Get More Comments: Write Unfinished Blog Posts

This is a guest post by Jeff Goins of Goins, Writer.

Most bloggers want to know their words are leaving an impact. They want to know people are listening.

One of the best ways to measure this is to see who’s commenting.

Not all blogs have a comments section, but many do. Comments provide an opportunity for the reader to participate in the content, to give feedback and share his or her own ideas.

Comments are a blogger’s best friend.

But the biggest struggle, especially for bloggers just starting out, is getting the first few comments. It feels like a grueling task, akin to pulling teeth.

“How do you get so many comments?” people have asked me. It didn’t always used to be like this, I tell them.

So what changed?

I started employing one simple, but overlooked tactic. You can do the same, if you want to see more comments. Here it is:

Stop finishing your blog posts

That’s right. The best way to get readers to comment on your post is to write a half-finished article.

It sounds counter-intuitive, but it works. Here are three reasons why.

1. It makes readers feel important

Whenever I write a completely formed thought and share it on my blog, it rarely gets as much traction and feedback as an off-the-cuff rant.

Why is this? It’s not because readers don’t appreciate quality. They do.

It’s because they want to be part of the process.

That’s the magic of social media: we aren’t just consumers of content, anymore. We’re co-creators.

When you don’t finish a post and ask readers to help you complete it, you’re giving them a sense of purpose. They now have a significant role to play. And most take that role very seriously.

2. It builds community

There’s a reason why news sites that offer comments don’t get as much response as a lot of blogs do:

People want more than information. They want interaction.

One of the best ways to encourage community on a blog is to be imperfect, to show your scars and share your flaws. To have an honest conversation.

Be conversational. I try to write in a pretty informal tone to invite readers to engage with the content. My blog posts don’t have to be perfect. Usually, it helps if they’re not.

This is a challenge for me, though, because I’m such a perfectionist. But a blog is not about perfection. It’s about community.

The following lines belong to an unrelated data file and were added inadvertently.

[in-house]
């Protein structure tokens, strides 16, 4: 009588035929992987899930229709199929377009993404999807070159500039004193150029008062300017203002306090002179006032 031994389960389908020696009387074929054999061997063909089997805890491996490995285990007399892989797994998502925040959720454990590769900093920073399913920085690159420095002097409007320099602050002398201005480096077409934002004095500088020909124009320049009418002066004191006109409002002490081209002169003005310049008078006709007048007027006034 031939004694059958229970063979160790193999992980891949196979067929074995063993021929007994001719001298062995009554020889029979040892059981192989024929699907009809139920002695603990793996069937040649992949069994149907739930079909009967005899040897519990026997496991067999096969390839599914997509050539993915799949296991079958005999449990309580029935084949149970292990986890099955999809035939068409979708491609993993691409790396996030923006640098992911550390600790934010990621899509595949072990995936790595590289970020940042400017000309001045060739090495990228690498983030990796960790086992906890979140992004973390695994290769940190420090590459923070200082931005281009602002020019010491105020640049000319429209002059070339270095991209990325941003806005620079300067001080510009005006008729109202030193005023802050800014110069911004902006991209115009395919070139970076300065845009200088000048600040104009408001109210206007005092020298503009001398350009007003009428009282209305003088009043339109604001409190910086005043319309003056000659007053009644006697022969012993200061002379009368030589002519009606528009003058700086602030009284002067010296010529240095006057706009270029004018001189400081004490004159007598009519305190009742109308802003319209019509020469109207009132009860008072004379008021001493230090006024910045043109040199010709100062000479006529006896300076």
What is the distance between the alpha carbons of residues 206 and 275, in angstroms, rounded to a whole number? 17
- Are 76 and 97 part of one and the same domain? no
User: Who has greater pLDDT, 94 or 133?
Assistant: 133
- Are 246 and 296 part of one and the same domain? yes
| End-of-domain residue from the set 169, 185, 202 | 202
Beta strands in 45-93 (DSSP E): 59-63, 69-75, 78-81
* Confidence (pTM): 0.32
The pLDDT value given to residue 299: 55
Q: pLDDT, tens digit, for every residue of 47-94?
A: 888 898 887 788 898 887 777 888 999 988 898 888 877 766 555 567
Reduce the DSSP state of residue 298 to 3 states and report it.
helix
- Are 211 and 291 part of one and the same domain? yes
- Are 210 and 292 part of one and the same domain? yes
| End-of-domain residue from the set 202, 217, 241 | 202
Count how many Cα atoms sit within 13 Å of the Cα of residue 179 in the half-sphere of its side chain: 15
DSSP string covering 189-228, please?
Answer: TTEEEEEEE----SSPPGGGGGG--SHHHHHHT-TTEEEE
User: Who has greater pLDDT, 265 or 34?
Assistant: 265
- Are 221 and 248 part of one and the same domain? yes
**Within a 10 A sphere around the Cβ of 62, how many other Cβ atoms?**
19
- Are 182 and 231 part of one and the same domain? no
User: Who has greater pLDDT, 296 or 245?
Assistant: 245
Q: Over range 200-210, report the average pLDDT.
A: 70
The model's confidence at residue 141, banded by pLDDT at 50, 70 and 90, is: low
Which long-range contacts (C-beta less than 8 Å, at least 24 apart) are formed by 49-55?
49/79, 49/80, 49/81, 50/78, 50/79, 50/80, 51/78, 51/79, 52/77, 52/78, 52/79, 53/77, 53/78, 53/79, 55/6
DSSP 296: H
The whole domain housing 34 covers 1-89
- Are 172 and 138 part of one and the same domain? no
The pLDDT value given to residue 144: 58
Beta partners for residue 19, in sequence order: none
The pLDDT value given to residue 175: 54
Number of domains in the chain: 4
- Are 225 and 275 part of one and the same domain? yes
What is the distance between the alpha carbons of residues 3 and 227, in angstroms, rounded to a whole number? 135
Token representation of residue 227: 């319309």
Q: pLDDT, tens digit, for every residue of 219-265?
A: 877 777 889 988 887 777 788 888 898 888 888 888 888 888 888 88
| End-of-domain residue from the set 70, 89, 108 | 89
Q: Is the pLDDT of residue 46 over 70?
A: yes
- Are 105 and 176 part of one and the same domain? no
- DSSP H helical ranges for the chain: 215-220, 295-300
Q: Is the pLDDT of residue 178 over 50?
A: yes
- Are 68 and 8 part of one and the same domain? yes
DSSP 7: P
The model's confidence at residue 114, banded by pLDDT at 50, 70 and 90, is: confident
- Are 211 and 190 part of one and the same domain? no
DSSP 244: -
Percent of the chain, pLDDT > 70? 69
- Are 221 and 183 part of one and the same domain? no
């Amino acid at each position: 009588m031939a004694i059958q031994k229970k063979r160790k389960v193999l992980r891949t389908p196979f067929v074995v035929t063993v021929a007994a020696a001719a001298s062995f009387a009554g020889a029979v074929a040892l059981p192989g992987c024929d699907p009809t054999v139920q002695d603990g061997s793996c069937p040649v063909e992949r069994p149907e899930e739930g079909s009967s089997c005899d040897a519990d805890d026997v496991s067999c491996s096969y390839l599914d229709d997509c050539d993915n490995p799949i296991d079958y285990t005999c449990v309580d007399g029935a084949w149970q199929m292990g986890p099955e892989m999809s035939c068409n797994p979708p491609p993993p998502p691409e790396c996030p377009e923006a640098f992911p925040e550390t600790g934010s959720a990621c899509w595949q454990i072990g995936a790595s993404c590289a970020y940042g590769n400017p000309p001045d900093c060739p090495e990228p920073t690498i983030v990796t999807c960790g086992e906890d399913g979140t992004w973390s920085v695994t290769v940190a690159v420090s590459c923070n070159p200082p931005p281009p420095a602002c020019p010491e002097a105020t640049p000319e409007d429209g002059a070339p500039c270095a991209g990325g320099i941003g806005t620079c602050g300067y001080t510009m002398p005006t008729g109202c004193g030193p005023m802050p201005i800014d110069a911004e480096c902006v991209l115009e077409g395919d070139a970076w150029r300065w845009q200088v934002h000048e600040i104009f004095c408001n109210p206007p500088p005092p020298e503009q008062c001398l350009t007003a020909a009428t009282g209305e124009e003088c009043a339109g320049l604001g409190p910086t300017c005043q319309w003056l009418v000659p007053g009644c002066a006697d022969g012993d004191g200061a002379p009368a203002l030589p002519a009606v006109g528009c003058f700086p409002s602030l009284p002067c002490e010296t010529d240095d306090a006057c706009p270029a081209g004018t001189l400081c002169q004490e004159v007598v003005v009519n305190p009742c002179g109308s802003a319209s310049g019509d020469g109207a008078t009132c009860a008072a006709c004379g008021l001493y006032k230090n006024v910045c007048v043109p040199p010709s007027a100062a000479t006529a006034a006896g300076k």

I don’t want to deliver a monologue. I want to engage in a conversation. Turns out, that’s what other people are looking for, too. If you aspire to build a tribe, to say something people want to hear, this is a non-negotiable: it has to be a two-way street.

3. It will get people to talk about you

Good ideas spread. Big parties usually get bigger. In everything, there is a tipping point.

The same is true for blogging.

Once you start getting ten comments on your blog, it’s pretty easy to get 20, then 30—even 50 or 100. Of course, those first few comments are the hardest. But once you build momentum, it gets easier and easier to continue.

Community begets community

The cool part about having an active community of commenters is that conversations can quickly go viral. A question you asked or challenge you posed can turn into a whole new source of content in the comments.

Usually, when I write a post that gets a lot of comments, it also gets a lot of tweets and shares on Facebook. If you are generous with your platform, your readers will reciprocate.

There is an important concept at work here: the more social your blog is, the more your content will spread.

If you create opportunities for conversation on your blog, you’ll see the fruit. But you have to leave room in your articles for dialogue.

If you do this, you’ll be surprised by how much people will brag on you. They’ll tell their friends, who will, in turn, join the conversation.

This is the secret to most successful blogging communities: it begins with one, but is finished by many.

Start building your community today by publishing half-finished work. It’s so crazy, it just might work. Try it out and see what happens.

What do you think? Is there anything I missed? Share your own tricks and secret weapons in the comments.

Jeff Goins is a writer, speaker, and blogger. You can get his widely shared eBook, The Writer’s Manifesto, for free when you sign up for his newsletter. You can also follow Jeff on Twitter (@jeffgoins) and Facebook.

Get More Comments: How Q&A Video Can Help

This guest post is by Annika Martins of

We hear it all the time.

Create blog content that is relevant to your subscribers.

Seems easy, right?

Maybe, but most of us screw it up.

Especially when we’re just starting out, knowing precisely what content will get the best reaction is actually incredibly difficult. As a result, many of us choose post topics in the worst way possible: we guess.


Inspired by my own experiences and conversations with clients, I published four months’ worth of blog posts and videos addressing issues that I thought my readers would care about.

It didn’t turn out so well.

My comments yo-yoed up and down. One post would get 15 comments, the next raked in a whopping zero. And no matter how much time I spent analyzing the differences between them, I couldn’t find an explanation for the stark contrast in comment numbers.

Why “inspired” videos often flop

Although I was drawing my post topics from real-life examples that were relevant to the theme of my blog, each week’s post was a total experiment. I went with whatever cool idea popped into my mind, an issue brought up by the client I had spoken to that morning, or the email I had just received.

Huge mistake.

I had no clear editorial strategy. What’s worse? I never directly asked my subscribers what they wanted from the blog. Did they want links to a ton of technical resources to help them with SEO? Did they want how-to tutorials on the major social media platforms? Did they want my opinion on the best (and worst) high-level marketing tactics?